I attended a small, Jesuit, liberal arts college. They had a fantastic Biology department, which is why I chose them. That, and they freaking loved me. I mean, “they mailed me blank applications weekly until I finally turned one in,” loved me. The interview was amazing, I fell in love with the campus at first sight, and although I am not technically using my degree, I have never regretted my decision to attend. The fact that I had nearly a free ride helped a lot, too; my family had very little money by then so the financial aid package rocking harder than the state schools was a huge plus.
One thing I adored was that I didn’t have to take a math class. I enjoyed math in high school, until 11th grade when I bumped up to honors just when we were getting into Trig. Ugh. Still hate Trig. But Geometry was fun and Algebra (O Algebra!) was magical.
However, Trigonometry and I did not get along, so when, as a Biology major, I found out I could earn a degree without a math class, I was all over that. What I hadn’t counted on, however, was my college doing away with the “Physics for Biology majors” class that wasn’t Calculus-based. The only Physics left: the one requiring Calculus first. But they didn’t tell you that; it wasn’t technically a prerequisite listed in the catalog. I didn’t find out until midway through, and by then, well… I was struggling. Eventually I prevailed, and passed the course (it was a close thing).
But this one little choice–to not take a math class in college–resulted in my having to choose a minor in my junior year. I’d also been in the honors program and had the opportunity to take quite a few unique seminar classes that satisfied various core curriculum requirements outside of my science background. They left me in the position of being only two classes short of a minor in a variety of fields: Chemistry, Psychology, and foreign language (Spanish), and three classes short of a minor in Philosophy. Why did I choose Philosophy? No idea, even after all these years.
However, I’m still glad I did. One reason: I made one of my best friends; one of the few with whom I’ve kept in touch since college. I figured out immediately that she knew her stuff in those classes and I made it a point to befriend her for that alone, but then we wound up really getting along as more than study partners.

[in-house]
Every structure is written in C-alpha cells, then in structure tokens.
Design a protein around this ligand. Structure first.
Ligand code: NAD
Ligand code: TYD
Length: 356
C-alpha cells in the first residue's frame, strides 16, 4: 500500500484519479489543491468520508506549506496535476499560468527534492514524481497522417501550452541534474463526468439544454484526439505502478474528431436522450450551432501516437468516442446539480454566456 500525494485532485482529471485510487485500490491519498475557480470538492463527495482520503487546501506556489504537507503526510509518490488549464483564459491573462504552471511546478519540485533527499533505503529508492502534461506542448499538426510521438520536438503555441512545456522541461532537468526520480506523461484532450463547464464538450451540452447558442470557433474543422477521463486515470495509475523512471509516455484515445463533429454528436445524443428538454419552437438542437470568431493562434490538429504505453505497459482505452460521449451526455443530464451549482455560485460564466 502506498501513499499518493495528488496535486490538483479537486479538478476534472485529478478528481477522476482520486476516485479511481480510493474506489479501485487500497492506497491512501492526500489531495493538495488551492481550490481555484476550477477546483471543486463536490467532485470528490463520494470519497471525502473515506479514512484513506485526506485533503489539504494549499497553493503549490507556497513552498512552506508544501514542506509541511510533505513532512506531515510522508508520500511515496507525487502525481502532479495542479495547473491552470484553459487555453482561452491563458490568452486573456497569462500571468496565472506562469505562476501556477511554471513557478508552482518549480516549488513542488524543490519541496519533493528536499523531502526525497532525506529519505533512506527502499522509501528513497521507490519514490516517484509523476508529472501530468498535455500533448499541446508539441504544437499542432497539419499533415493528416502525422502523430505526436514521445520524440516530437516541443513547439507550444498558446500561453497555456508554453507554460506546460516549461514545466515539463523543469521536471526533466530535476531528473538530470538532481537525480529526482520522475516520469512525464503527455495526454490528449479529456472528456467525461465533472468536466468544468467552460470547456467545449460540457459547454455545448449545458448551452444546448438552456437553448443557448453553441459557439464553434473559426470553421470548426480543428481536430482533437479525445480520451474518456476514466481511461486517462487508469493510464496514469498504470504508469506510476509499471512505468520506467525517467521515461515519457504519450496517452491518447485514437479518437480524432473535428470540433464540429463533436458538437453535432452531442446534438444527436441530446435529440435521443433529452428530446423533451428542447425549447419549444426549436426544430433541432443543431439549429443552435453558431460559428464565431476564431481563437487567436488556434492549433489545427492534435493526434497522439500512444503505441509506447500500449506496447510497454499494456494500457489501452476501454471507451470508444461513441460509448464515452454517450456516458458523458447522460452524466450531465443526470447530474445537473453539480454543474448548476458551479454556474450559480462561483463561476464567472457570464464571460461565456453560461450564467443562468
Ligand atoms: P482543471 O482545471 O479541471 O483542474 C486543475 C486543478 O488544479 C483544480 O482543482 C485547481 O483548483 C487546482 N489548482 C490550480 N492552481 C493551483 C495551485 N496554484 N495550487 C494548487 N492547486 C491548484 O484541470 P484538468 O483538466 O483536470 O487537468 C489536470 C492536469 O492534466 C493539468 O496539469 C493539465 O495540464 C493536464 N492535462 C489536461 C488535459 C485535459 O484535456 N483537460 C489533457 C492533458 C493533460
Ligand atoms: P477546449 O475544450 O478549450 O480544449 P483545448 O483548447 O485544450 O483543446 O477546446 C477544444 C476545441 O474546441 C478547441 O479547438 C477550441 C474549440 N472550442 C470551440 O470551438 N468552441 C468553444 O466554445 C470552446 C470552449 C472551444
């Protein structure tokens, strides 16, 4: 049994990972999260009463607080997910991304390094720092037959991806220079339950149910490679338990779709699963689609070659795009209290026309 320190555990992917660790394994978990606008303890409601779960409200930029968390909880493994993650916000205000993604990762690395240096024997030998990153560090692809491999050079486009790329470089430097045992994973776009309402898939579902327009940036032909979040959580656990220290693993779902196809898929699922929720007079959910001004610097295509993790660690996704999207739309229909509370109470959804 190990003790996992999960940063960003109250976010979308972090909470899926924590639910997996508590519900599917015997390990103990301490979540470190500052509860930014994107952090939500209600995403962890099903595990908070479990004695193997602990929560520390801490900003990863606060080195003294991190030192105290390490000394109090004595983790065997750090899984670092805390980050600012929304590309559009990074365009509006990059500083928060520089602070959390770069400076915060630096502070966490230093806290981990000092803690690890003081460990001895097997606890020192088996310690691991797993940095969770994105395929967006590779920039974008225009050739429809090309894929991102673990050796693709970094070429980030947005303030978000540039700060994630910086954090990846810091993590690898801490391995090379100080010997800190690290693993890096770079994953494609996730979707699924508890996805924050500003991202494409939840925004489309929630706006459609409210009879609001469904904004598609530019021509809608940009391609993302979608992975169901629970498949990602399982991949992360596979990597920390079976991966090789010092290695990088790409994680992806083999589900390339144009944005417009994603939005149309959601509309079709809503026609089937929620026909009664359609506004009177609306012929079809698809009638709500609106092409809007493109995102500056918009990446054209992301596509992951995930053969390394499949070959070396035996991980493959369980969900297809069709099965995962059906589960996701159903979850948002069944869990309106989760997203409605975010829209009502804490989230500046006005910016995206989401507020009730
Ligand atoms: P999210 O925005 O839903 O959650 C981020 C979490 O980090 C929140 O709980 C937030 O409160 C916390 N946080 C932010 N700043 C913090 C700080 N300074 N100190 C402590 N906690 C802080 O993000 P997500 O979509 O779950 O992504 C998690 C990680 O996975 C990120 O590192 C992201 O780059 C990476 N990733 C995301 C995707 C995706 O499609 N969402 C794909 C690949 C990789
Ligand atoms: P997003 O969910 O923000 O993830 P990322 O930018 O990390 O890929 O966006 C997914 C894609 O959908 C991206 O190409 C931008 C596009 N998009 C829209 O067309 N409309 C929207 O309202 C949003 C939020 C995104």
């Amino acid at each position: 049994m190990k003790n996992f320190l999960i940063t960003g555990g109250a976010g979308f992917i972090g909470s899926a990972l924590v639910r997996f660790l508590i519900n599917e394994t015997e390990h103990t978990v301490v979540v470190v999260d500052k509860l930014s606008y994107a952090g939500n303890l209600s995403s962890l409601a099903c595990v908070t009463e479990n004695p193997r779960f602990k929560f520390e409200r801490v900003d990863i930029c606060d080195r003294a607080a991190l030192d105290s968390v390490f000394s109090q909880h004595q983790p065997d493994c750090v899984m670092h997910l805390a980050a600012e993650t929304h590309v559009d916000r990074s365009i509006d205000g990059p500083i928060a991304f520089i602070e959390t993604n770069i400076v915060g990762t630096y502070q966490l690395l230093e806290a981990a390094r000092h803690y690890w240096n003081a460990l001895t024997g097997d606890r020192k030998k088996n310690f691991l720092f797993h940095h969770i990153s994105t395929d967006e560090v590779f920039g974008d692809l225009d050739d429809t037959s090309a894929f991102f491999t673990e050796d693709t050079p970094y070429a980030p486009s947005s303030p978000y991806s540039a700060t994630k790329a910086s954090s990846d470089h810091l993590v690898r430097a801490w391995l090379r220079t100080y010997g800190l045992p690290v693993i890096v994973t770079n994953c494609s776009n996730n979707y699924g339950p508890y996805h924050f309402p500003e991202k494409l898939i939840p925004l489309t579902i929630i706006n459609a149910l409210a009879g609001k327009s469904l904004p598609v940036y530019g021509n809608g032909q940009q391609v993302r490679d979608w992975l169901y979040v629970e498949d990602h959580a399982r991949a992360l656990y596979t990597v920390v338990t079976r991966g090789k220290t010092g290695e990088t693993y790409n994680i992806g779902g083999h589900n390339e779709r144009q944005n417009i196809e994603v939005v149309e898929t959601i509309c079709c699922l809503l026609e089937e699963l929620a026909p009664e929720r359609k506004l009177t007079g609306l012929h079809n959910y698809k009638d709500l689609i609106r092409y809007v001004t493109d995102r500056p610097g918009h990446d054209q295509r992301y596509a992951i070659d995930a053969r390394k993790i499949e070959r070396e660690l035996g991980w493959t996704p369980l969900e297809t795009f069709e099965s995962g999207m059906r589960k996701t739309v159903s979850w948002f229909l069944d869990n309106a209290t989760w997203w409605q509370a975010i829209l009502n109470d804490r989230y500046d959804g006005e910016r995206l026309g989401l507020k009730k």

The other reason is that writing a Philosophy paper was a far different cry from writing a technical paper. We laughed at those in our class who used “references” beyond the text about which we were writing. Write a paper on Leibniz? You cite Leibniz. The text you’re reading, and if you want to create extra work for yourself, you can refer to his other works. If you’re writing about “An Essay Concerning Human Understanding” by John Locke, you don’t need to refer to anything else (though I wrote a fascinating comparison of the two men for a mid term paper. “Fascinating” in that I wonder just what I was on at the time, and how I managed to pass).
This allowed me to explore my own feelings when it came to writing. I’d read, imbibe some kind of mood-altering substance (caffeine or alcohol, depending on when the paper was due) then write in a stream of consciousness and explore depths I didn’t know I had. Such a far cry from the science papers necessitating multiple trips to the library, Internet searches (such as they were in the mid-90’s), and endless nights in my study carrel perusing my notebooks.
At some point, probably when I was earning a living as a medical/technical writer under the stringent requirements of pharmaceutical companies and FDA-mandated wording, I lost that ability. I began to rely again on supporting texts, on the how-to, endlessly researching the “why” and “how” and specifically, “which.” I lost that ability to let go and drift, and see where the current of my mind took me.
I’m still trying to get it back. But I think the realization this weekend that that’s how I used to do it may have helped me in some small way.
Philosophy…is a walk on the slippery rocks.